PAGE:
So far, 2018 has been a messy one for Facebook.

After being forced to confront privacy concerns of lawmakers and citizens in the US and EU following the Cambridge Analytica scandal. Now, the social network has been forced into the privacy conversation once again.

Since yesterday Facebook has been contacting users who were affected by a bug that unblocked a user they had previously blocked.

“The bug was active between May 29 and June 5 — and while someone who was unblocked could not see content shared with friends, they could have seen things posted to a wider audience. For example pictures shared with friends of friends,” Facebook’s chief privacy officer Erin Egan wrote in a blog post.

The exec goes on to explain that users who were suddenly unblocked thanks to the bug would be able to contact folks on Messenger.

Thankfully looking at the numbers this bug wasn’t as serious as the Cambridge Analytica scandal. Of the 800 000 people that were affected by this issue 83 percent had only one person unblocked and friend connections were not reinstated (thankfully).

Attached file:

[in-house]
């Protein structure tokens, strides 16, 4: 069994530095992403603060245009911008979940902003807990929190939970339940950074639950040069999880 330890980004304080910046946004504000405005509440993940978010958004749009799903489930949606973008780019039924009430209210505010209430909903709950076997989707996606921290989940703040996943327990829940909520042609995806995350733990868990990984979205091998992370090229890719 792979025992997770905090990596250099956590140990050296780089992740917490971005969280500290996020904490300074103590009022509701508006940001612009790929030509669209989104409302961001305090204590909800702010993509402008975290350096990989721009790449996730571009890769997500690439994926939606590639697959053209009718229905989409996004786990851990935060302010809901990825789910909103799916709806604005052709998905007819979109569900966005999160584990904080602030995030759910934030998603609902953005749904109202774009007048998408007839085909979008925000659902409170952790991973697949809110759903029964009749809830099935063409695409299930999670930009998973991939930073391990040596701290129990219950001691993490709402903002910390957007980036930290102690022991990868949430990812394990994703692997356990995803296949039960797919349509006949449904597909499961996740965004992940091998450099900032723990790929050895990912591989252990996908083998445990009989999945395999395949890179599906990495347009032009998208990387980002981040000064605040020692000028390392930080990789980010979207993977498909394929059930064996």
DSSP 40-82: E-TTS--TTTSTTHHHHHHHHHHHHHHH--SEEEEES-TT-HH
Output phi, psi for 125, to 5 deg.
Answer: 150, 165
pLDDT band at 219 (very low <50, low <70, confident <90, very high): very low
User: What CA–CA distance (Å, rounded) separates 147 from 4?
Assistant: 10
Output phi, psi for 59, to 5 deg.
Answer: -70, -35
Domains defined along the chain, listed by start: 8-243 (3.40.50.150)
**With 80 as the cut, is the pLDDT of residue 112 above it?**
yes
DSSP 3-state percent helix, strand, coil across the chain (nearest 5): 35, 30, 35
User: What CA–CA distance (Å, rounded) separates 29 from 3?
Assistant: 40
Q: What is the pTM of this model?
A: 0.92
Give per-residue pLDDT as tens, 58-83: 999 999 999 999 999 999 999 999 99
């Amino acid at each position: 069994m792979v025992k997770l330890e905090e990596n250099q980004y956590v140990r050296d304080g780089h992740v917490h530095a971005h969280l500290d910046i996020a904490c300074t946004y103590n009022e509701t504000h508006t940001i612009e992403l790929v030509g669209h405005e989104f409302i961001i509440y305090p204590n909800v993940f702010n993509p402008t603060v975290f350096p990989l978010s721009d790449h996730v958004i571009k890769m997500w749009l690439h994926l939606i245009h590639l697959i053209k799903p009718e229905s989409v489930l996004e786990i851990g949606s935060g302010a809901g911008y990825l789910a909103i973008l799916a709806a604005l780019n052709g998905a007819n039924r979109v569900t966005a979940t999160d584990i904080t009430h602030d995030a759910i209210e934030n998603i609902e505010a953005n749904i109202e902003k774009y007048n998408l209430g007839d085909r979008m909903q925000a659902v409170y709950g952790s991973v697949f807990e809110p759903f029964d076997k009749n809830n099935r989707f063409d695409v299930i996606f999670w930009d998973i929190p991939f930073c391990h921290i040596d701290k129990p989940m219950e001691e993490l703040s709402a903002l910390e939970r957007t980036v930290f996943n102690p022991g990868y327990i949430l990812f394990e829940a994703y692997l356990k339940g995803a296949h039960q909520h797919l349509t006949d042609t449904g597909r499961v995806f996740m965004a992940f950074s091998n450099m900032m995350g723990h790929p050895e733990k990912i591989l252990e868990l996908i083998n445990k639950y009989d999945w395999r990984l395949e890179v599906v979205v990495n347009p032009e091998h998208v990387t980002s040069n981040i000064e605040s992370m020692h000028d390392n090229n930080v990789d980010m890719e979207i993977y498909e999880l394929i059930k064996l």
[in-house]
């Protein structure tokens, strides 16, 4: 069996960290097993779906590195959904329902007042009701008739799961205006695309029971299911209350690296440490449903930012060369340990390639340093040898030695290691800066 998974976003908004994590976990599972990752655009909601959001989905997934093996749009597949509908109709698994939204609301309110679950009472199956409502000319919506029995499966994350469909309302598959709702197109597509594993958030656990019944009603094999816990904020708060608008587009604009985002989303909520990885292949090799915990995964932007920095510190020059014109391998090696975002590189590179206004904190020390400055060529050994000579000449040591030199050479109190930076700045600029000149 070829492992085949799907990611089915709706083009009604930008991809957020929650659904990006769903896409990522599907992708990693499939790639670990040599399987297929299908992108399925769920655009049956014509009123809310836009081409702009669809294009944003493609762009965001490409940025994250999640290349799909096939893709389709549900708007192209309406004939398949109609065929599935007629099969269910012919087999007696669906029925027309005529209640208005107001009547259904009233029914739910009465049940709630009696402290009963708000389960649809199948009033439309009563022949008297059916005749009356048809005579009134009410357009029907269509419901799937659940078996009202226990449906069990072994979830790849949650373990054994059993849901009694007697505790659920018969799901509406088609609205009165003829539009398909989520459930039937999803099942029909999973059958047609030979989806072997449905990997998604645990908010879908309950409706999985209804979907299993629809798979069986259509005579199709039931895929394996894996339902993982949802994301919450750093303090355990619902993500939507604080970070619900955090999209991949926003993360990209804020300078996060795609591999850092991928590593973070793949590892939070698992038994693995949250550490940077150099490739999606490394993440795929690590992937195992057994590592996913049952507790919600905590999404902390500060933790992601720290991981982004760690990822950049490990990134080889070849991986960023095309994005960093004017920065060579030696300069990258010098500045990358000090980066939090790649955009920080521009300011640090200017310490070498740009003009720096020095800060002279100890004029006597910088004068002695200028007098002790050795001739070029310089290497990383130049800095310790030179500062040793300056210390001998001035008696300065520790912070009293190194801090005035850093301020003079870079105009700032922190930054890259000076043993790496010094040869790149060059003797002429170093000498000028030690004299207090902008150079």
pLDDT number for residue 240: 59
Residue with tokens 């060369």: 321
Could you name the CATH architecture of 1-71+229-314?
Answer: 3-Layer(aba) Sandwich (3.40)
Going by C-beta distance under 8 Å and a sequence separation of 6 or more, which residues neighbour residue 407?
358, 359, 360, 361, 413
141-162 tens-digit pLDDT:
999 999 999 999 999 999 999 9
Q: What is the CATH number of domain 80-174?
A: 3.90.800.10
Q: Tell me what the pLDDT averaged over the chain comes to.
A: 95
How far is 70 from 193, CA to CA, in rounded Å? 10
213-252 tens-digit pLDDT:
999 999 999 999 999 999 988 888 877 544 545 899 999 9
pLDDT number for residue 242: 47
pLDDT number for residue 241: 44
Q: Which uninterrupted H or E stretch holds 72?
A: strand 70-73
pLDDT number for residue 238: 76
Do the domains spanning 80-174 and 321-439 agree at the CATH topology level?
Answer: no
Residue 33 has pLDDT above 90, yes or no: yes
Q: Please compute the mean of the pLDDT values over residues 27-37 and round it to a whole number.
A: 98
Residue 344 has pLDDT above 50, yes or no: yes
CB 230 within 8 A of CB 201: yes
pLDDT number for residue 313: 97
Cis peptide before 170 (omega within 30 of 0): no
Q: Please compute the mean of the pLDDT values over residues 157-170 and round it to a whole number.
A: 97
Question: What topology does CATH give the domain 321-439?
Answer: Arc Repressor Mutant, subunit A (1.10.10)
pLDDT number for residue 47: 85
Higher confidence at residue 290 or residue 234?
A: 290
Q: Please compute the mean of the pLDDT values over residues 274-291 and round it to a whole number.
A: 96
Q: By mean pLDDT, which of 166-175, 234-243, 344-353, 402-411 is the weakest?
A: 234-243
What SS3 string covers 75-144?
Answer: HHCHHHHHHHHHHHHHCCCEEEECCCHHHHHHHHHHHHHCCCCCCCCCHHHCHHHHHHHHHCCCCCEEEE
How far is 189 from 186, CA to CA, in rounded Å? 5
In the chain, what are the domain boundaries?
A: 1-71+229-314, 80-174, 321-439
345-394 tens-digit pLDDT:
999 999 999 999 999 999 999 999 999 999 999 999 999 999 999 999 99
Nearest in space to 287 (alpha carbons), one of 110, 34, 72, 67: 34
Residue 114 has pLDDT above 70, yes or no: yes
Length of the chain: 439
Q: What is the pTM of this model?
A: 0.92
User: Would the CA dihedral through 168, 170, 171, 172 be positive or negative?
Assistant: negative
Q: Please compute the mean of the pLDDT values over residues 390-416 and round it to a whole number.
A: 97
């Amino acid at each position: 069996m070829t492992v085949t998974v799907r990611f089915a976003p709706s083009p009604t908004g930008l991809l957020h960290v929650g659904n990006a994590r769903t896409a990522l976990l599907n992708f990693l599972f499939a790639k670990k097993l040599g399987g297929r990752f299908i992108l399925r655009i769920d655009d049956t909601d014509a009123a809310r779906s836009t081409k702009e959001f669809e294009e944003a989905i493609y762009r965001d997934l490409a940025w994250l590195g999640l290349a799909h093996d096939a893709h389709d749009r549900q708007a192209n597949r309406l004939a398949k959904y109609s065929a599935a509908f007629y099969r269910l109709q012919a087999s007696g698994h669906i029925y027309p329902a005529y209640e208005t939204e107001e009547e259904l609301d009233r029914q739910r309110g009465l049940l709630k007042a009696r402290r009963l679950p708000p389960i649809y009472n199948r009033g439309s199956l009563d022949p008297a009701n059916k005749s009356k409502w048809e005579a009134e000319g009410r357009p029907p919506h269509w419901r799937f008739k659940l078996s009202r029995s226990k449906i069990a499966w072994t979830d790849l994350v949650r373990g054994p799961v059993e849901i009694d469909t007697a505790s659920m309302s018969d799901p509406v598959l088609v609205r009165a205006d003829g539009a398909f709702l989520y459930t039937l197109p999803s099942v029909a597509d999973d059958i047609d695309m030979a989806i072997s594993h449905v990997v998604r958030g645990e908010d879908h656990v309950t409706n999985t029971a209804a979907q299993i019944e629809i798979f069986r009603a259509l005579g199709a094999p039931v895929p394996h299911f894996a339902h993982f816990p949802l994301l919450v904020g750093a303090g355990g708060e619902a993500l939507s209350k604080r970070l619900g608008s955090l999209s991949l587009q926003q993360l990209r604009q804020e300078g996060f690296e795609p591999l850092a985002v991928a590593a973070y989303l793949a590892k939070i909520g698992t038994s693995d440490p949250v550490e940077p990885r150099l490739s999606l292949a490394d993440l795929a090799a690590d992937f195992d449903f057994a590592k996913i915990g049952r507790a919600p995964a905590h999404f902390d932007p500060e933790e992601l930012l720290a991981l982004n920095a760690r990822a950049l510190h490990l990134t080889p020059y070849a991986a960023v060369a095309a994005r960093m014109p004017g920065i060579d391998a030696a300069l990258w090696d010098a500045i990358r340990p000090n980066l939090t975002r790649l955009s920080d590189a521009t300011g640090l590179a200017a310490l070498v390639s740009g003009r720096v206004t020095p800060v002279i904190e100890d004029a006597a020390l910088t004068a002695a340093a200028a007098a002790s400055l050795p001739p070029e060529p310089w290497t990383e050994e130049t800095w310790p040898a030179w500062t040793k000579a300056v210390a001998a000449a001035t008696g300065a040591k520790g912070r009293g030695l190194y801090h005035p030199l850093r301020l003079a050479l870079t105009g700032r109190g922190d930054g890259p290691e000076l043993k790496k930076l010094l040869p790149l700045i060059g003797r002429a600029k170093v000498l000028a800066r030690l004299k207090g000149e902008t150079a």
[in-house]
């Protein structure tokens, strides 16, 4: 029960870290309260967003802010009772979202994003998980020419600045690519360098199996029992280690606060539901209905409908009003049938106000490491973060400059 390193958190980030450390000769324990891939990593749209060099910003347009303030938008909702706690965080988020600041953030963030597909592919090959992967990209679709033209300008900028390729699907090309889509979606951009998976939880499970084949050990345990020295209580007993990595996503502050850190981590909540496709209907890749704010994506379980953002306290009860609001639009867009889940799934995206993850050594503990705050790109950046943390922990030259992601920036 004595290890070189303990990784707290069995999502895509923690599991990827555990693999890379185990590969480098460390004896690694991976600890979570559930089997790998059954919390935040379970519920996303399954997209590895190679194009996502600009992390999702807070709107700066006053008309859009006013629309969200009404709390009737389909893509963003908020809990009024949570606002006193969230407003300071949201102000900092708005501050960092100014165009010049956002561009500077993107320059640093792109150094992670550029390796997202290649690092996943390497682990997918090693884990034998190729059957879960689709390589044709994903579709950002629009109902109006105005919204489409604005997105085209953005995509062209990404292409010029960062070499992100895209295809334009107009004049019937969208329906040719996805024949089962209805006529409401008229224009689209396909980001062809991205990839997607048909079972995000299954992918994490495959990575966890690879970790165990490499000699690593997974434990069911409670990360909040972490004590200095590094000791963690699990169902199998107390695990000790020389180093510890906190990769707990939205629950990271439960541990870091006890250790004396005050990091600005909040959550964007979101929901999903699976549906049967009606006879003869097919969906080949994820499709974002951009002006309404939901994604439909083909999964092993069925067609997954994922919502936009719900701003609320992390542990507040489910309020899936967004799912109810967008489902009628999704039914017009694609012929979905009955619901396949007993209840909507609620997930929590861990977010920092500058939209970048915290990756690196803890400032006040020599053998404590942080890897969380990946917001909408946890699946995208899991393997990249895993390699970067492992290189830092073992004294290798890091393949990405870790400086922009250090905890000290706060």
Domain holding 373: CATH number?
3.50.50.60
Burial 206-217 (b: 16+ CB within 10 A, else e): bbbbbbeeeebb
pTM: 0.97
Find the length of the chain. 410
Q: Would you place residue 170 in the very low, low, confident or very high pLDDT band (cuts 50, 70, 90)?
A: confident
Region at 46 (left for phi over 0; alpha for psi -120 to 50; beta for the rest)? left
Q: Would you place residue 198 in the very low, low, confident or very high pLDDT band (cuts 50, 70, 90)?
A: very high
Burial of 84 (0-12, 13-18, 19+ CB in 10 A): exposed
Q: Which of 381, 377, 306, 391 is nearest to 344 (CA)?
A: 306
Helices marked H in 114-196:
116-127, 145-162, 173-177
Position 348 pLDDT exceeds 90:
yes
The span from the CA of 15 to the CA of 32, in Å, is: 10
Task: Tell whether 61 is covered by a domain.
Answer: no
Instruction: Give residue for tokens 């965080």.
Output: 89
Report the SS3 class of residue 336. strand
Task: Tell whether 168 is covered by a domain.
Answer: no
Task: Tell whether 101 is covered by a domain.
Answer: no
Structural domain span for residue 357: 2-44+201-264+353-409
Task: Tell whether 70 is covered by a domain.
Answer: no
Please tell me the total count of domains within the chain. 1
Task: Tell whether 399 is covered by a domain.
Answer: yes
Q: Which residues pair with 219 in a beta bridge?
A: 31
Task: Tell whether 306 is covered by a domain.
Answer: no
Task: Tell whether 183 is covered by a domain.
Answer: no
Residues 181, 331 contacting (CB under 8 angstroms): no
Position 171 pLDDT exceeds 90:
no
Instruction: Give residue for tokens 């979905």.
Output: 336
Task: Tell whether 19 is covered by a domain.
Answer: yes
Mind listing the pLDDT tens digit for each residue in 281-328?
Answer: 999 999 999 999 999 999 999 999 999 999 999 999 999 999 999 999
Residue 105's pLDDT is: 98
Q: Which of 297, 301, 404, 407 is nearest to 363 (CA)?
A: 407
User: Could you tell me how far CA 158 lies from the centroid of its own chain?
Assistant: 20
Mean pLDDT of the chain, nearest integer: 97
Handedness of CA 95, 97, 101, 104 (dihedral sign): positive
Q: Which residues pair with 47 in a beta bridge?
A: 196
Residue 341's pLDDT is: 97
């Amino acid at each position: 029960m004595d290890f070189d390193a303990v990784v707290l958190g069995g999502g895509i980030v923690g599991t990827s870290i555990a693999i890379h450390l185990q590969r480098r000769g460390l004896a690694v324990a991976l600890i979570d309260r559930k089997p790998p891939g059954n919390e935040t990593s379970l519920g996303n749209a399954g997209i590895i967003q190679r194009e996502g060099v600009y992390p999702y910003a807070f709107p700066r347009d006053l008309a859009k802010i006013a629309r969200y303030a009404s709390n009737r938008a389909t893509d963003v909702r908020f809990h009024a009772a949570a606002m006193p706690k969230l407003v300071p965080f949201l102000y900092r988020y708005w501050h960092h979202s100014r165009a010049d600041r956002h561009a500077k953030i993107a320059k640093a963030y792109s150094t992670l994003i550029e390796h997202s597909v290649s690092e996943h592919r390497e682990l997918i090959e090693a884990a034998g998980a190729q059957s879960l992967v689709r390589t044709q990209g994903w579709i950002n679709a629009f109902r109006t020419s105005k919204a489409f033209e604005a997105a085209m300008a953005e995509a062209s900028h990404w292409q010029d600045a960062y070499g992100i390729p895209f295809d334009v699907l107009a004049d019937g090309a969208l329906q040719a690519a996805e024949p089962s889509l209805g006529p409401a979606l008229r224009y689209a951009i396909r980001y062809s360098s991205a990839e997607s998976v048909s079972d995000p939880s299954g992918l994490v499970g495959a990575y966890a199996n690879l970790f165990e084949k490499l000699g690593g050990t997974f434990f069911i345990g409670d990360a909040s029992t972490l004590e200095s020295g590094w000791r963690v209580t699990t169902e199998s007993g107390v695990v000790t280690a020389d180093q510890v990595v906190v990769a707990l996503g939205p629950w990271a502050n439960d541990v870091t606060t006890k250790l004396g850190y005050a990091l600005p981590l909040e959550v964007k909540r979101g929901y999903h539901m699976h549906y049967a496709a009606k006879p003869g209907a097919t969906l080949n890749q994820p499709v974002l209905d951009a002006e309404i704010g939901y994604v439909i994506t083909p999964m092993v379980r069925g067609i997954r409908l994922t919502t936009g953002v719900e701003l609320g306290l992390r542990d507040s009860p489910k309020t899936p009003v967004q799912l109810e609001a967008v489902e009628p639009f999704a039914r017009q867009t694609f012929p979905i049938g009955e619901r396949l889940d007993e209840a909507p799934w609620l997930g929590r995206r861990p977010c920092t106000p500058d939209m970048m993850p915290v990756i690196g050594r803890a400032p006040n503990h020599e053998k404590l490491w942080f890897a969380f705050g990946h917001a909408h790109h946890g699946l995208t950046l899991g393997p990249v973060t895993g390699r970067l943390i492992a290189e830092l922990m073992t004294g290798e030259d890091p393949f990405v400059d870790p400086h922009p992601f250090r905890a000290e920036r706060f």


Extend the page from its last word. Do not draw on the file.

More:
Facebook says that the bug has been fixed and everybody who was blocked and then unblocked, has been blocked again.

As you might have noticed – it’s over a month since the incident happened and Facebook is only notifying users about this now.

To explain why it took so long the social media giant told Recode that it took a bit of time to do its due diligence and determine how many users were affected by the bug. Still, this news comes at a time when Facebook desperately needs to regain the trust of users.

The social network will be notifying users who were affected by this bug via a Facebook notification. That having been said now might be a good time to check your block list and if you need some help blocking somebody on Facebook you can refer to this handy guide.


[Image – CC BY 2.0 Book Catalog]
Brendyn Lotz writes news, reviews, and opinion pieces for Hypertext. His interests include SMEs, innovation on the African continent, cybersecurity, blockchain, games, geek culture and YouTube.